Urban Watersheds

This week, an environmental enrichment class at Bed Stuy Collegiate began exploring how water moves through our urban environment by making paper models. Try adapting this lesson in your own classroom for an engaging hands-on way to get kids thinking about stormwater management.


  • Sturdy paper
  • Non-permanent markers
  • Newspaper
  • Spray bottle
  • Water

Background Discussion:

  • Stormwater: A hero or a villain? Have students share out a few thought on this question to gage their prior knowledge. Show the student pictures from The Mannahatta Project (click on link to find more Social Studies-oriented lessons on the ecological history of NYC) to get the students thinking about how our built environment has drastically changed our natural environment over the past 400 years.
  • Have students think about how water, a rain storm or storm storm, behaves differently in the New York of today compared to New York 400 years ago.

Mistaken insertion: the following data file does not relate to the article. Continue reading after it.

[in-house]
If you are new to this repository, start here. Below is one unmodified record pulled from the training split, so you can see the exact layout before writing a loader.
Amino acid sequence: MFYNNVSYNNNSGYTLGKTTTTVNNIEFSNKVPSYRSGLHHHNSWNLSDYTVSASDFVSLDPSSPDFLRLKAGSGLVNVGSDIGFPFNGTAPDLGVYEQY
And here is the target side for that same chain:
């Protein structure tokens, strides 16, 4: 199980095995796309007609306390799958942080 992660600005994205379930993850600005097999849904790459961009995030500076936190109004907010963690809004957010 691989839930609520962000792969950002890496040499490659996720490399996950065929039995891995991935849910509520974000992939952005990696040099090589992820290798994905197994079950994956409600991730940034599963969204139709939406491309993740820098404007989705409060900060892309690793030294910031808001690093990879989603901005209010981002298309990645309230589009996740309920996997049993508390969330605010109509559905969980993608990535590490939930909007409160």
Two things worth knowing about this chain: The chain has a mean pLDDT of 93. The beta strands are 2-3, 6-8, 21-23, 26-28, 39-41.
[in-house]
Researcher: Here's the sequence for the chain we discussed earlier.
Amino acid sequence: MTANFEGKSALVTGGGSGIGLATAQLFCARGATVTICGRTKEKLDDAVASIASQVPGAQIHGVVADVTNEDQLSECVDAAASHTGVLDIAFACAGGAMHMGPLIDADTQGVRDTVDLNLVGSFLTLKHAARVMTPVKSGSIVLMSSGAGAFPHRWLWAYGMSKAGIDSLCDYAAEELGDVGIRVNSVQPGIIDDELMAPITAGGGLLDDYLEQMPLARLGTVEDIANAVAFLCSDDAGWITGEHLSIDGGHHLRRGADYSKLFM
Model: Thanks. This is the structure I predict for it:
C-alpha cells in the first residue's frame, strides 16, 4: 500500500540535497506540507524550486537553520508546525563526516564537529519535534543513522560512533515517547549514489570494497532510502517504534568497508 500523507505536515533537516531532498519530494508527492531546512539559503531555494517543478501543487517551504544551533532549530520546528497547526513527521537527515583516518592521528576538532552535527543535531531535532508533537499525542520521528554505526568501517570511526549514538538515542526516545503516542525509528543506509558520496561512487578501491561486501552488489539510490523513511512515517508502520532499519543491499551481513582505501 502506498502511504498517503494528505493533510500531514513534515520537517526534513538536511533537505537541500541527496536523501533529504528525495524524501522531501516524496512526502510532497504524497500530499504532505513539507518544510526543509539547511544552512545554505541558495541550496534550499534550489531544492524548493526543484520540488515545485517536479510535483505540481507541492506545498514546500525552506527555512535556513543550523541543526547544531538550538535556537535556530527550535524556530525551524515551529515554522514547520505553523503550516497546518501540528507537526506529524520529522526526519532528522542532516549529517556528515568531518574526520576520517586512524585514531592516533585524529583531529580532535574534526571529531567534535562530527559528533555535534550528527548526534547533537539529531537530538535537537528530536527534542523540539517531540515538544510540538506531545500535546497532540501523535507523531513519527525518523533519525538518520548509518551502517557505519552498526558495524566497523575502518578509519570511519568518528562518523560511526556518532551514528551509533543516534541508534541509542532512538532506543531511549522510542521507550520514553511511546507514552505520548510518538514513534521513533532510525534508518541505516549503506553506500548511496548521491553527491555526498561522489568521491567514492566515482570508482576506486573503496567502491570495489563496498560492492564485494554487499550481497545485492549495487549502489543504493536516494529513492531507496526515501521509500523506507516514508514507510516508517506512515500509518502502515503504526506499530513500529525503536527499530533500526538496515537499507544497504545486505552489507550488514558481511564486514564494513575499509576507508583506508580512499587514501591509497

• Students usually mention flooding, puddles, and watering plants and trees in making their case for stormwater as a villain or hero.
  • That leads to a discussion of stormwater runoff, or how water behaves when it hits an impervious or pervious surface. We discuss what stormwater might be picking up as it rushes into the sewer drains.

watershed-dryModel Making:

  • Have each student crumble a sturdy piece of paper into a ball.
  • Flatten out the piece of paper, now they have the base of their topographical cityscape maps.
  • The students use blue markers to predict where the water will flow and where puddles or “floods”  will appear on their map.
  • The students then use other colors to draw in other pollution sources that came up in the discussion from earlier (i.e. buildings, cars, people walking pets, litter)

watershed rained onThe Stormy Demo:

  • After placing their maps on newspaper, have students pass around a spray bottle to simulate the rain cloud rolling over their urban landscape. Start with 3 sprays and if no puddling happens, give a couple more.
  • Have the students observe how the water behaves on this impervious surface. Were their predictions correct? What else got swept up in the water? How does what happens in this model translate to real-word stormwater runoff?
  • Have students share out their observations.


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